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Health

People are four times as likely to order dessert when their waiter is overweight.

Seriously, Science?By Seriously ScienceJanuary 4, 2016 5:00 PM
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Photo: flickr/www.audio-luci-store.it

It's New Years again, which means many people are trying to lose weight. Previous studies have shown that you are likely to eat more if you are dining with an overweight companion. But what if you are at a restaurant and it's your server who is overweight? In this study, the researchers observed almost 500 interactions between diners and servers in 60 restaurants. They found that diners waited on by someone a high BMI (body mass index) were four times more likely to order dessert, and ordered nearly 20% more alcoholic drinks. Something to keep in mind if you made any weight loss resolutions this year!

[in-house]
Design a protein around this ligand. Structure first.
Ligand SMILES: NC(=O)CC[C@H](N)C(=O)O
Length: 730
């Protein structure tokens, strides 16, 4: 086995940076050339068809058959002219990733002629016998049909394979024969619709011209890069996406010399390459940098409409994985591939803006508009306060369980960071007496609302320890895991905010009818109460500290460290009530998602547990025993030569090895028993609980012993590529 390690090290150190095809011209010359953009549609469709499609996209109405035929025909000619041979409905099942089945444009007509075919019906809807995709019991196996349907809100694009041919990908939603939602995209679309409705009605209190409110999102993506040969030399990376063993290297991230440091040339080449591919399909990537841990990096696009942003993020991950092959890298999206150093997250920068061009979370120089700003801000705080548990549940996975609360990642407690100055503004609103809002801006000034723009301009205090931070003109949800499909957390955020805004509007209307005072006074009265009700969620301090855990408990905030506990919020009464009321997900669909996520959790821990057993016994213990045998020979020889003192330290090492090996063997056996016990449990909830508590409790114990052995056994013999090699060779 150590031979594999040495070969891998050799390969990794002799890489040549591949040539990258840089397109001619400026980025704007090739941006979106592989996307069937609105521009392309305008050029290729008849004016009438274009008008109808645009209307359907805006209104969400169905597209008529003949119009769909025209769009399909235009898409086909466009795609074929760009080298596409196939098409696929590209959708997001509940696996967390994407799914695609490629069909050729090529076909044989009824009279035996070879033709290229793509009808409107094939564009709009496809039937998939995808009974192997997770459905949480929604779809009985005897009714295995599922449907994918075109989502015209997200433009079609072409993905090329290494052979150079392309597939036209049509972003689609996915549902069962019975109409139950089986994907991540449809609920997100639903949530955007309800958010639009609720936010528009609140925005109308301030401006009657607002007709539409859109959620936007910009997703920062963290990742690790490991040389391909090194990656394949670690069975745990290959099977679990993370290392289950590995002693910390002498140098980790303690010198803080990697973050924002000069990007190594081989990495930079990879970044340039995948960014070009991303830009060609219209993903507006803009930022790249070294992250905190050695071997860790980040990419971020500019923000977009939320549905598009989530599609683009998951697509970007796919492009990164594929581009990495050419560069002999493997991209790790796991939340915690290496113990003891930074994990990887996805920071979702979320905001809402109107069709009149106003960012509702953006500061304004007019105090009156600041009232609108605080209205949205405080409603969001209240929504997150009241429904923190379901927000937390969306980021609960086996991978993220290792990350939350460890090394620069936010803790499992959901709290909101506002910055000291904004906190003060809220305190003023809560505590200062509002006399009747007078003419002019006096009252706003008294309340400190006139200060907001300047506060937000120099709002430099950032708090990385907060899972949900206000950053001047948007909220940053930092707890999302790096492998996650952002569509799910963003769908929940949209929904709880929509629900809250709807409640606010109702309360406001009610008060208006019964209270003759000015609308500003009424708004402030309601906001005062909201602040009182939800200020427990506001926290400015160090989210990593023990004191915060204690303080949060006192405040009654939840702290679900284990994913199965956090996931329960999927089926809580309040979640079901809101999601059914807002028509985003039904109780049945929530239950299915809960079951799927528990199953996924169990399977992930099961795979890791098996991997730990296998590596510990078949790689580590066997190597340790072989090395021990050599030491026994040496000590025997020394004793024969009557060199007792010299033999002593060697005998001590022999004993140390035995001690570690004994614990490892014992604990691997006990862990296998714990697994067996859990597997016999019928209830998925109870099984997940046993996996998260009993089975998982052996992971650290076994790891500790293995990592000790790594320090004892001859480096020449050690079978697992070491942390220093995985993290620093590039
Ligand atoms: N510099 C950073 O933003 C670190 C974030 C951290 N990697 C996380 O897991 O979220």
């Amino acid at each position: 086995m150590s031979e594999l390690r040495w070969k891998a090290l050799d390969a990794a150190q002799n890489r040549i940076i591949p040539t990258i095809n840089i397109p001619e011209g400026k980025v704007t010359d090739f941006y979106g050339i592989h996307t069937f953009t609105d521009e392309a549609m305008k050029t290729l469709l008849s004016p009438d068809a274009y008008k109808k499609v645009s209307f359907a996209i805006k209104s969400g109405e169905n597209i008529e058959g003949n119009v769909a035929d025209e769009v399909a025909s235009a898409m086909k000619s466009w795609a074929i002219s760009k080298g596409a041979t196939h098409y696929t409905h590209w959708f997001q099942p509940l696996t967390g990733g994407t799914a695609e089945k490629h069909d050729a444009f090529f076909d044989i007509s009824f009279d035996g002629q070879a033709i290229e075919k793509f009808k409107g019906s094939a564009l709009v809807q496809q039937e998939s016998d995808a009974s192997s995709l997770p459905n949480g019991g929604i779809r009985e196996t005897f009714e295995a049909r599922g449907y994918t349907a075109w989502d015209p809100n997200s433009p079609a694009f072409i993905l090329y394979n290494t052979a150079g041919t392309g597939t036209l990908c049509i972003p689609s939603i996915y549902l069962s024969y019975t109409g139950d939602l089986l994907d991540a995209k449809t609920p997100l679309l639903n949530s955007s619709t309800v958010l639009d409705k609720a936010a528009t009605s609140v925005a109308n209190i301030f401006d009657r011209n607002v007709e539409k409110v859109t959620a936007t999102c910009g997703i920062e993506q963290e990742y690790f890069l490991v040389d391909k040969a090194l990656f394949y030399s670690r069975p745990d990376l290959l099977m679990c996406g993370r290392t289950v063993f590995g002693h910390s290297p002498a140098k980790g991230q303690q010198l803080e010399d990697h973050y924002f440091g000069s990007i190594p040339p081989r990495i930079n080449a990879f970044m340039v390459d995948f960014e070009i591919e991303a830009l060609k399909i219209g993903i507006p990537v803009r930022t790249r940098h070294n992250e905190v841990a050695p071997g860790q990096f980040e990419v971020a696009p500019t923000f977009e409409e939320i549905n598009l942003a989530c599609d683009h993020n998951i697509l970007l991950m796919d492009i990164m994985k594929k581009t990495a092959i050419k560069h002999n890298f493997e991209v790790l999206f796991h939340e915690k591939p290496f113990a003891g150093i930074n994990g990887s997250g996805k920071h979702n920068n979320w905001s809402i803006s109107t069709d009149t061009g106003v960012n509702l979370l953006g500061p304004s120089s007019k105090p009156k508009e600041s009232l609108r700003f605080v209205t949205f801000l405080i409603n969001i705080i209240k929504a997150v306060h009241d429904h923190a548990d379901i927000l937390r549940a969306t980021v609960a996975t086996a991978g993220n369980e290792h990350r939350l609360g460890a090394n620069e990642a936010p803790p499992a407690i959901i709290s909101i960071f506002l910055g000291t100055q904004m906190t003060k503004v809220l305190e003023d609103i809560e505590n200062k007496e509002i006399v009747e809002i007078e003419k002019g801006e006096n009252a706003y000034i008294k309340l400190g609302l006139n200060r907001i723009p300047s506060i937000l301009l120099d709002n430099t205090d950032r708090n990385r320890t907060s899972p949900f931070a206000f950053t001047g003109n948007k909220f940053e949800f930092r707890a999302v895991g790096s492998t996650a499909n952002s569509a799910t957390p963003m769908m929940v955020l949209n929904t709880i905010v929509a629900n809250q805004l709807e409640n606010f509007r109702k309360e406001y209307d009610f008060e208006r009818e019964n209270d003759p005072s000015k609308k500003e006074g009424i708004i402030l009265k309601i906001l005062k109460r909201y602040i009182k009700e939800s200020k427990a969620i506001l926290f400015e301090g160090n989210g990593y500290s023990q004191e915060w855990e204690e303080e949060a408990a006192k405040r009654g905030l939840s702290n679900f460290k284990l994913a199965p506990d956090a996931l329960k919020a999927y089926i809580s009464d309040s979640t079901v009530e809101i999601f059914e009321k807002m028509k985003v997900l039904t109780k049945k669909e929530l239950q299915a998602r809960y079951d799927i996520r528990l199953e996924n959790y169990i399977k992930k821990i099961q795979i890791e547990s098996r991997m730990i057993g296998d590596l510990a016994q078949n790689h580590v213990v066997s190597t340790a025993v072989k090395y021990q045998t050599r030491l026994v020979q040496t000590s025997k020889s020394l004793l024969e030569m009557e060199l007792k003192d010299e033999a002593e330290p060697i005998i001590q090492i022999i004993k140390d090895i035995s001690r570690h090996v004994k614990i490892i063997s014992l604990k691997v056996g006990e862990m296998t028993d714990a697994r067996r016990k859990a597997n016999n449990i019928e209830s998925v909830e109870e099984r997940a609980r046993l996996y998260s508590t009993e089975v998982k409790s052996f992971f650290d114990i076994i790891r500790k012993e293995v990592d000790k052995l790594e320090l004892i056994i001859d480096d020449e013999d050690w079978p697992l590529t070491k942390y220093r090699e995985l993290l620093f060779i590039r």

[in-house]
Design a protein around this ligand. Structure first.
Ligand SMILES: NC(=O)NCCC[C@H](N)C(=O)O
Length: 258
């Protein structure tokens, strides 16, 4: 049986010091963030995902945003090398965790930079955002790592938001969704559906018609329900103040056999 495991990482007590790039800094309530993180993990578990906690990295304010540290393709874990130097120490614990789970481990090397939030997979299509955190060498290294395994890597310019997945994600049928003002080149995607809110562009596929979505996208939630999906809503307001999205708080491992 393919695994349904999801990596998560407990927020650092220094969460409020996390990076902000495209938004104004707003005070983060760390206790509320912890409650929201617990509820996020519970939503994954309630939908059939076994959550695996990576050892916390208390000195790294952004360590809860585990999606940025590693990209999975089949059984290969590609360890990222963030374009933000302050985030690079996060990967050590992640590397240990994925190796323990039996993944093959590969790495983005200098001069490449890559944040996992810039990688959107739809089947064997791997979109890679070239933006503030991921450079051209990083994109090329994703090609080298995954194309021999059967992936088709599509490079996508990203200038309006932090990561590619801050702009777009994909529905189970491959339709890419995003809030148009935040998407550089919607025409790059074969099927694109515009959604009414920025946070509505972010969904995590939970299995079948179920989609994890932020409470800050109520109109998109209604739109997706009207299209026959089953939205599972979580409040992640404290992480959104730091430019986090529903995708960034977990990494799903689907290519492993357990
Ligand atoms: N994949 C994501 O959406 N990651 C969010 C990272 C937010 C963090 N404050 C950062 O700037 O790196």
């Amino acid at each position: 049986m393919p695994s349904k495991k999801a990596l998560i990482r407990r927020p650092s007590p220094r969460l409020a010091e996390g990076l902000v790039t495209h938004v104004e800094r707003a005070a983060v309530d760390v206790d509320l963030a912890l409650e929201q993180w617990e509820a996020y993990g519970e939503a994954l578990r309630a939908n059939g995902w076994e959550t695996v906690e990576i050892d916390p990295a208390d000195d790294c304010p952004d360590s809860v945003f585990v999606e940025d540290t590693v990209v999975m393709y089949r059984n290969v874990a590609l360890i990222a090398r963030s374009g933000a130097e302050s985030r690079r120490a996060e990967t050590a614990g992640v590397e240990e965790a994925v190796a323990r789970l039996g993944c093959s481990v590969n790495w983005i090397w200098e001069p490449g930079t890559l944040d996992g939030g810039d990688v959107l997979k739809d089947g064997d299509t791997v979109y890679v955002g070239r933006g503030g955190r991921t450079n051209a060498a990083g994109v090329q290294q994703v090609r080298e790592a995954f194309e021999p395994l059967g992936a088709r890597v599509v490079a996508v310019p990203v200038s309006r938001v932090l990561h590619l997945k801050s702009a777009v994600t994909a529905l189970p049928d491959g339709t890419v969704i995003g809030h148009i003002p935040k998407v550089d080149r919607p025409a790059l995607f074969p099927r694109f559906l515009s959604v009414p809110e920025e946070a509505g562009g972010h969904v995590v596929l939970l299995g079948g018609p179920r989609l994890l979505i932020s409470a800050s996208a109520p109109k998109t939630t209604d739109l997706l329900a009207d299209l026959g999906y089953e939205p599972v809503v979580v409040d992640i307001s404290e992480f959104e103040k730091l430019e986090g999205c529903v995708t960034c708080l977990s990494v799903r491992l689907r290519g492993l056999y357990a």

The Waiter’s Weight: Does a Server’s BMI Relate to How Much Food Diners Order? "Does the weight of a server have an influence on how much food diners order in the high-involvement environment of a restaurant? If people are paying for a full meal, this has implications for consumers, restaurants, and public health. To investigate this, 497 interactions between diners and servers were observed in 60 different full-service restaurants. Diners ordered significantly more items when served by heavy wait staff with high body mass indexes (BMI; p < .001) compared with wait staff with low body mass indexes. Specifically, they were four times as likely to order desserts (p < .01), and they ordered 17.65% more alcoholic drinks (p < .01). These findings provide valuable evidence in recent lawsuits against weight discrimination, and it suggests to consumers who decide what they will and will not order at a restaurant—such as a salad appetizer, no dessert, and one drink—than to decide when the waiter arrives." Related content: Dining with an overweight person makes you eat more.Want to lose weight? Try playing Tetris. No, really.Can overweight people blame their tastebuds?

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